- A majority of LGBTQ young people reported being verbally harassed at school because people thought they were LGBTQ
Legislation, Lack of Mental Health Professionals Impacting LGBTQ Youth Mental Health
While the study shows school-protective factors make a difference, the Trevor Project warns many recently passed state laws may prevent some schools from implementing them. As of June 2023, over 100 curriculum censorship state-level active bills have been proposed. The study found nearly two in three LGBTQ youth said hearing about potential state or local laws banning people from discussing LGBTQ people at school made their mental health a lot worse, and nearly one in three said their mental health was poor most of the time or always due to anti-LGBTQ policies and legislation.
“These bills are in direct contradiction to these findings and other scholarship (Russel et al, 2018.; Hatzenbuehler 2011), which have documented the relationships between the affirmation of LGBTQ identities in schools and better mental health among LGBTQ students,” says the nonprofit. “Parents/caregivers, teachers, school staff, and other stakeholders should advocate on behalf of LGBTQ young people to ensure they are just as comfortable, safe, and affirmed as their cisgender and straight peers at school.”
Barriers to mental health support are also exacerbating the issue. Approximately 81% of LGBTQ young people said they wanted access to mental health care, but a whopping 56% of those who wanted mental health care in the past year were not able to get it. This comes as no surprise since the current national average ratio of school counselors to students is 444:1. The American School Counselor Association (ASCA) recommends at least one counselor for every 250 students. Only two states met that criteria as of Dec. 2022: Vermont (186:1) and New Hampshire (208:1).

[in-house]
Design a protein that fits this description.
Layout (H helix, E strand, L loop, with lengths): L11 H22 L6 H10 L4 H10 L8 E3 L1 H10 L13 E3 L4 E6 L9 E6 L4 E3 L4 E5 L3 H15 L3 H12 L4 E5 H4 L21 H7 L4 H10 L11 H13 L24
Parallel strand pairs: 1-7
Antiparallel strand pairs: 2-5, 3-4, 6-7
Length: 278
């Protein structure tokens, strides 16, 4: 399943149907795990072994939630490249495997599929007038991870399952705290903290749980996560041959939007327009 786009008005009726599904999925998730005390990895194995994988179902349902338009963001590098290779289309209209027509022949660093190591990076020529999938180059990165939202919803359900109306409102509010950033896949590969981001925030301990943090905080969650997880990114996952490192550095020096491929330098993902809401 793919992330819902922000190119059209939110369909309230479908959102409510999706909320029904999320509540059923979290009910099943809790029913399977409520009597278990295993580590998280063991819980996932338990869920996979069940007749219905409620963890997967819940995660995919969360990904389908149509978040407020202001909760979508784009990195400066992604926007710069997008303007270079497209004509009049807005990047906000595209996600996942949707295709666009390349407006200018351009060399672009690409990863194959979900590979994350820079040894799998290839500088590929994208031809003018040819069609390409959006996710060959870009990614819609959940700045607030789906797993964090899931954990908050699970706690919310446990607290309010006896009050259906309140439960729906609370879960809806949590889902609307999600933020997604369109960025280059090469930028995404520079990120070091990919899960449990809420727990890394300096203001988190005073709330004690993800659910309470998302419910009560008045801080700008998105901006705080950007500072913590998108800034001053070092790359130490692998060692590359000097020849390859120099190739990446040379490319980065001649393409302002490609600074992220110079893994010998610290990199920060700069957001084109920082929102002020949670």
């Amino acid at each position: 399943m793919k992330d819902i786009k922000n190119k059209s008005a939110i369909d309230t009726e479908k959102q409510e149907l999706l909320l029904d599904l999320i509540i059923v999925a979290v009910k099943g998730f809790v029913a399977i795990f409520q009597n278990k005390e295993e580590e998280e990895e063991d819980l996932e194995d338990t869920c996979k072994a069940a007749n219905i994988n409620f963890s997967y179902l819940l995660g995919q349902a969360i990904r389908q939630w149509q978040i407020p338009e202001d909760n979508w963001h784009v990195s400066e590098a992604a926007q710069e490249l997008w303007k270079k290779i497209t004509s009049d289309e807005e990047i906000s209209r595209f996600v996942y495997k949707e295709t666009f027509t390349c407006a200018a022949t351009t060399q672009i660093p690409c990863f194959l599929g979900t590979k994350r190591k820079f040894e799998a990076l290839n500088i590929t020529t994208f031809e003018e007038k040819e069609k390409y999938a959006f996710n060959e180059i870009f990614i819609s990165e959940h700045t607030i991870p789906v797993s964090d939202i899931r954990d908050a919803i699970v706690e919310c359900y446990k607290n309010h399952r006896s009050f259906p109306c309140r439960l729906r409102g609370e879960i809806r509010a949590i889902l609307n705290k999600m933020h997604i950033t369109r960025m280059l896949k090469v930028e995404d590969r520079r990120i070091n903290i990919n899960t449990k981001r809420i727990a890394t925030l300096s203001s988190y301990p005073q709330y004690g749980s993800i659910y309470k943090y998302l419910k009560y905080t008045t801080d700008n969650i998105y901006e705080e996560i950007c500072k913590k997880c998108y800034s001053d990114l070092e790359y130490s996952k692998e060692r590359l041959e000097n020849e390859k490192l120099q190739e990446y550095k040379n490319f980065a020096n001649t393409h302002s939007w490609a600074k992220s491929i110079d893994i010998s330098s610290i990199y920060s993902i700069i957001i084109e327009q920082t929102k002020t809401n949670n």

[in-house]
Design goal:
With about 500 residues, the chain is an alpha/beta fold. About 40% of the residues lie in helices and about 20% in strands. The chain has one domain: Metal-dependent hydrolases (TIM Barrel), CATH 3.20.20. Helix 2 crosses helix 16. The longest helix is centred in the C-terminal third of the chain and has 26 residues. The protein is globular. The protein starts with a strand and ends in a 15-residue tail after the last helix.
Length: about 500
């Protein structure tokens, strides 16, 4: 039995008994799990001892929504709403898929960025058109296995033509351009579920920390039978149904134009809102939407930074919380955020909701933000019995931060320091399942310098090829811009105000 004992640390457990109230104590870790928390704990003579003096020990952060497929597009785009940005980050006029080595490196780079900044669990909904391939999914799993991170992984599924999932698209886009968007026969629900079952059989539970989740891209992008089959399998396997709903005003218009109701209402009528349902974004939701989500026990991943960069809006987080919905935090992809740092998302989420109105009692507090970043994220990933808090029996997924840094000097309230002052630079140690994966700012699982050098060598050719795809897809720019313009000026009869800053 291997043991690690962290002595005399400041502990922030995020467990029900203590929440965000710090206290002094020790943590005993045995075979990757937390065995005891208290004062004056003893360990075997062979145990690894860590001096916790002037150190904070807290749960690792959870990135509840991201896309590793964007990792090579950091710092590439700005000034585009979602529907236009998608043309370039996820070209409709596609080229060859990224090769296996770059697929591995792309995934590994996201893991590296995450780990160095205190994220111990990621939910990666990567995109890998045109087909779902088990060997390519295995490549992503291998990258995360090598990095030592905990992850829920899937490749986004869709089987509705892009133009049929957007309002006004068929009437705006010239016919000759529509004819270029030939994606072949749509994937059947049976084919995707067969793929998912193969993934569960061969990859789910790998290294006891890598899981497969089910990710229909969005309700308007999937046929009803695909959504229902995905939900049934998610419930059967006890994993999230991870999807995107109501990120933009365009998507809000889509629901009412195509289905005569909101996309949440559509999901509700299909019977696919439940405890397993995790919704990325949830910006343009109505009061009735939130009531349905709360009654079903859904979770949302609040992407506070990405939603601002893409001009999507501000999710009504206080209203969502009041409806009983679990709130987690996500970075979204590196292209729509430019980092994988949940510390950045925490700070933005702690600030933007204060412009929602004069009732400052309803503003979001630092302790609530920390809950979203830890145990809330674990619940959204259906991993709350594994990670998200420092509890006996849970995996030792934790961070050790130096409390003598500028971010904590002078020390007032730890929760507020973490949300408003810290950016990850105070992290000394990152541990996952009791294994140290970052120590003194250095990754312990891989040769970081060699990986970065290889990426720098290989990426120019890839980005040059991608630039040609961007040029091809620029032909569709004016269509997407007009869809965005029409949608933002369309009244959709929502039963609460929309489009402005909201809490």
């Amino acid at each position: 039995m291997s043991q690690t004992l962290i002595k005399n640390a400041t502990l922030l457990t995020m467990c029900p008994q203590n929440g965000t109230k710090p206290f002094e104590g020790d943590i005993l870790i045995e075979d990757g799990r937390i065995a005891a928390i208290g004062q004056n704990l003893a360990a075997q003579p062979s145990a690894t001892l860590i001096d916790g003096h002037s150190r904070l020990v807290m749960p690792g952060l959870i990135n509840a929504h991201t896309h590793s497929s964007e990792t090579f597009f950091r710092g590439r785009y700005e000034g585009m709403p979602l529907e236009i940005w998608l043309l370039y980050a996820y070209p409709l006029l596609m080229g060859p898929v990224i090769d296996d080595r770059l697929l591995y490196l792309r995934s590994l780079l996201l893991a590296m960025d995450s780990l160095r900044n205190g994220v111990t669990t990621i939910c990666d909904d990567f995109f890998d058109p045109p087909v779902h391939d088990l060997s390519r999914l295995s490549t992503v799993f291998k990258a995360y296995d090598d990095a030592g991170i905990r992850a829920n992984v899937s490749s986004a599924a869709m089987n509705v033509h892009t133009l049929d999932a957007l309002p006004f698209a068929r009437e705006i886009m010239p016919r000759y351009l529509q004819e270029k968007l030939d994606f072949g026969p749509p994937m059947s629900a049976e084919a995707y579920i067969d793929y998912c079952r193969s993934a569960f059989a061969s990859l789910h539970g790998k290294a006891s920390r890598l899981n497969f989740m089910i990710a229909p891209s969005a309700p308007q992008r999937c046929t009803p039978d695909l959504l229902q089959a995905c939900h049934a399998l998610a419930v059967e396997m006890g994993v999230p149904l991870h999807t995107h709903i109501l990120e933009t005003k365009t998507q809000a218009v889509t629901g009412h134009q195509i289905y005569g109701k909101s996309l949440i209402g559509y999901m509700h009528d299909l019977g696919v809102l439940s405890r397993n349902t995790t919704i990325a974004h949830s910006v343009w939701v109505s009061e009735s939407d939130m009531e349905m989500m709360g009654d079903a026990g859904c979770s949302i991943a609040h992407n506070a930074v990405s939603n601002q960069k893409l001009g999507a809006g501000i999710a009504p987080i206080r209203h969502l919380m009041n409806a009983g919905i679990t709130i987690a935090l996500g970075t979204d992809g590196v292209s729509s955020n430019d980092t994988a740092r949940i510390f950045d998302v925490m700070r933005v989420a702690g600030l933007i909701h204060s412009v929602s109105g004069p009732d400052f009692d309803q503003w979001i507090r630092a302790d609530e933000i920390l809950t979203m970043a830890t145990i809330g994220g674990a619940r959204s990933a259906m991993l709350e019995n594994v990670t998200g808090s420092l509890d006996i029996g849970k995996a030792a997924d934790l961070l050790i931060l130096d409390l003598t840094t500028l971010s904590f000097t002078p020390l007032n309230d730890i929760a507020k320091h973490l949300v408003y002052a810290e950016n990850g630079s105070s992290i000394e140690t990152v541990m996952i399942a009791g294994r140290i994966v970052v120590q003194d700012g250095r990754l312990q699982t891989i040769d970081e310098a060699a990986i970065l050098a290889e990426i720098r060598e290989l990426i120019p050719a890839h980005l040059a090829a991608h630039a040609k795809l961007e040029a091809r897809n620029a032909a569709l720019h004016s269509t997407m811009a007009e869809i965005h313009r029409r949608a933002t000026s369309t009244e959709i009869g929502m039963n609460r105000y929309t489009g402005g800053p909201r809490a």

There is also a significant shortage of school psychologists. According to the National Association of School Psychologists (NASP), the recommended ratio is one school psychologist for every 500 students. Data from NASP shows that as of Jan. 10, 2023, the national average is one psychologist to every 1,127 students — over 100% more than the recommended ratio.
How Can Schools and Individuals Support LGBTQ Students?
LGBTQ young people who took the Trevor Project survey reported that the following LGBTQ topics would be helpful for the people in their lives to know more about:
- Support/acceptance (82%)
- Gender identity (78%)
- Sexual orientations (77%)
- Pronouns (74%)
- Creating safe spaces (68%)
- The gender binary (67%)
- Microaggressions (58%)
- Racism (52%)
- Intersectionality (45%)
The Trevor Project encourages schools to implement the Model School District Policy on Suicide Prevention, which the group developed in collaboration with the American Foundation for Suicide Prevention (AFSP), the American School Counselor Association (ASCA), and the National Association of School Psychologists (NASP). Its website also offers several resources for adults working with or living with LGBTQ youth, including the Guide to Being an Ally to Transgender and Nonbinary Youth, How to Support Bisexual Youth, and Preventing Suicide.
The nonprofit’s TrevorSpace social media platform, which is monitored 24/7, also connects young people with supportive peers and affirming counselors when they are in crisis.
Has your school or district implemented a program or policy that has helped LGBTQ students feel more supported and safe? Let us know in the comments.